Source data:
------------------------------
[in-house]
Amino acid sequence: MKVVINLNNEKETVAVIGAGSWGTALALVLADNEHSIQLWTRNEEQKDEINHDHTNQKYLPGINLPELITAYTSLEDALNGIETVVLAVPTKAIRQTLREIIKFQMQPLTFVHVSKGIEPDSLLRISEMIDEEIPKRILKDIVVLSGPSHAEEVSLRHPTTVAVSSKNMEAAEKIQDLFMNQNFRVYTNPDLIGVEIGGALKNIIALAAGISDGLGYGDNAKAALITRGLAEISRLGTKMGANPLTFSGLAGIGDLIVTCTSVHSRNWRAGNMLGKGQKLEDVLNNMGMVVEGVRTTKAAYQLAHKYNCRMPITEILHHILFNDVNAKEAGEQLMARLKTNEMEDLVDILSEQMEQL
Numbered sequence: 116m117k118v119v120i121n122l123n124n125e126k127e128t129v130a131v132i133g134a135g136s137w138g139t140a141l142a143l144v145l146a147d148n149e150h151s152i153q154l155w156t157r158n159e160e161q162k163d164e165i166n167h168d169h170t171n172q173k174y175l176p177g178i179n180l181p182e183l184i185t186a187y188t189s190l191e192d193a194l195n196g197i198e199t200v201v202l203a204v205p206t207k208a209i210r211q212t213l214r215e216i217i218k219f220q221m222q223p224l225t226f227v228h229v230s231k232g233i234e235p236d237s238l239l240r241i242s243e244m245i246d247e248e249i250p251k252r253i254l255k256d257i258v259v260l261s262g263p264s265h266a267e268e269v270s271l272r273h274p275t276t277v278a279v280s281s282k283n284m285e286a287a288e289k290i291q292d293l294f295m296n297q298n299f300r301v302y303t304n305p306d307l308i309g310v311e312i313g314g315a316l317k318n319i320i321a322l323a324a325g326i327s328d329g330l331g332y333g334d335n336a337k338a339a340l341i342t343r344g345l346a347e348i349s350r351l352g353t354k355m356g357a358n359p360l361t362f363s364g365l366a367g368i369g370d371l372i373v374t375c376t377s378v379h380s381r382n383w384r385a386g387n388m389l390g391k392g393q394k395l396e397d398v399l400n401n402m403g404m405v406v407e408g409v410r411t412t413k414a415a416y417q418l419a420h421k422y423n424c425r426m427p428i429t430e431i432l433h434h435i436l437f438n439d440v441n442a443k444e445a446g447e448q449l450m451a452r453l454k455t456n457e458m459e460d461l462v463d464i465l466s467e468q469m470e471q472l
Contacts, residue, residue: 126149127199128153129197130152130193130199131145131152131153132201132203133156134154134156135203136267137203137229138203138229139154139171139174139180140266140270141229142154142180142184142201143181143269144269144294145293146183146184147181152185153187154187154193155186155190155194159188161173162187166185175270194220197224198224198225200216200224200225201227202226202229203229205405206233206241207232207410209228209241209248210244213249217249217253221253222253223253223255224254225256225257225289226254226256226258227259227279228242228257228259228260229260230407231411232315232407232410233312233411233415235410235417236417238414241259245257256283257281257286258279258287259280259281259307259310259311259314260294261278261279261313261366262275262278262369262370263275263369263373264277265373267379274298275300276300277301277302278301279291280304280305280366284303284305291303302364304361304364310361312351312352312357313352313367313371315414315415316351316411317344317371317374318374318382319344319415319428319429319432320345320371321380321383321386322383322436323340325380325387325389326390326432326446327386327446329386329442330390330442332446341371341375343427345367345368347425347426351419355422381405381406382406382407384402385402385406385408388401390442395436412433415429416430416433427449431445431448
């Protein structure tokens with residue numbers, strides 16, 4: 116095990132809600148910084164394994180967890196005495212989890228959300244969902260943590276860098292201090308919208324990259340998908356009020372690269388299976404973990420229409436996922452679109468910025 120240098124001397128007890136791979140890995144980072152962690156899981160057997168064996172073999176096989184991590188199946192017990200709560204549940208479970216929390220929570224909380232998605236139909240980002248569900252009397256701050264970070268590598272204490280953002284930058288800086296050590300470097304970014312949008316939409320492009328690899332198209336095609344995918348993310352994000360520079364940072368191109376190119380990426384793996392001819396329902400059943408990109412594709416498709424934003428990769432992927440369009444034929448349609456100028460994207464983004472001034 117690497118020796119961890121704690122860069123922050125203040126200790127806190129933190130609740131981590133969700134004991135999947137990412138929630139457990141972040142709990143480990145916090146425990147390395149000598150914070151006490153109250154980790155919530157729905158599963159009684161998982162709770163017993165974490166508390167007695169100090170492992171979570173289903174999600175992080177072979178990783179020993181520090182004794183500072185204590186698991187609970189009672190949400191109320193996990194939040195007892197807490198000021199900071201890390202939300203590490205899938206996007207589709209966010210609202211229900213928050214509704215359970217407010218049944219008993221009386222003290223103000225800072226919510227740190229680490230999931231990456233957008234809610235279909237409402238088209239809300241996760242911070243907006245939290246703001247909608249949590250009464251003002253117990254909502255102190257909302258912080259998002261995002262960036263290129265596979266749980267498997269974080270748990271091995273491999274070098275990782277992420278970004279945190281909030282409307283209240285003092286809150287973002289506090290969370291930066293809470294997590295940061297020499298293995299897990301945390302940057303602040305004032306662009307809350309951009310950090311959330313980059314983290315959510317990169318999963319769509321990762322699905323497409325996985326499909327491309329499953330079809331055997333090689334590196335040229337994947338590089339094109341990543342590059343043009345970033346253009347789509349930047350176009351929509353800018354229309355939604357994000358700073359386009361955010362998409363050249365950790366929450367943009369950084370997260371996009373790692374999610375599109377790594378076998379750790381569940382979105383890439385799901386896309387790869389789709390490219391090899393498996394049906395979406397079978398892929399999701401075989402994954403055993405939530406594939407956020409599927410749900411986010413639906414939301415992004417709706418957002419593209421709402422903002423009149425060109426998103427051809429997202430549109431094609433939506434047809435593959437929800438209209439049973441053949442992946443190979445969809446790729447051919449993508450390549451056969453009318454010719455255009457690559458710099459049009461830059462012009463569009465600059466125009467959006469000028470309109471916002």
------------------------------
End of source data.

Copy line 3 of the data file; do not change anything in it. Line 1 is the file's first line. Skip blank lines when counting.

Numbered sequence: 116m117k118v119v120i121n122l123n124n125e126k127e128t129v130a131v132i133g134a135g136s137w138g139t140a141l142a143l144v145l146a147d148n149e150h151s152i153q154l155w156t157r158n159e160e161q162k163d164e165i166n167h168d169h170t171n172q173k174y175l176p177g178i179n180l181p182e183l184i185t186a187y188t189s190l191e192d193a194l195n196g197i198e199t200v201v202l203a204v205p206t207k208a209i210r211q212t213l214r215e216i217i218k219f220q221m222q223p224l225t226f227v228h229v230s231k232g233i234e235p236d237s238l239l240r241i242s243e244m245i246d247e248e249i250p251k252r253i254l255k256d257i258v259v260l261s262g263p264s265h266a267e268e269v270s271l272r273h274p275t276t277v278a279v280s281s282k283n284m285e286a287a288e289k290i291q292d293l294f295m296n297q298n299f300r301v302y303t304n305p306d307l308i309g310v311e312i313g314g315a316l317k318n319i320i321a322l323a324a325g326i327s328d329g330l331g332y333g334d335n336a337k338a339a340l341i342t343r344g345l346a347e348i349s350r351l352g353t354k355m356g357a358n359p360l361t362f363s364g365l366a367g368i369g370d371l372i373v374t375c376t377s378v379h380s381r382n383w384r385a386g387n388m389l390g391k392g393q394k395l396e397d398v399l400n401n402m403g404m405v406v407e408g409v410r411t412t413k414a415a416y417q418l419a420h421k422y423n424c425r426m427p428i429t430e431i432l433h434h435i436l437f438n439d440v441n442a443k444e445a446g447e448q449l450m451a452r453l454k455t456n457e458m459e460d461l462v463d464i465l466s467e468q469m470e471q472l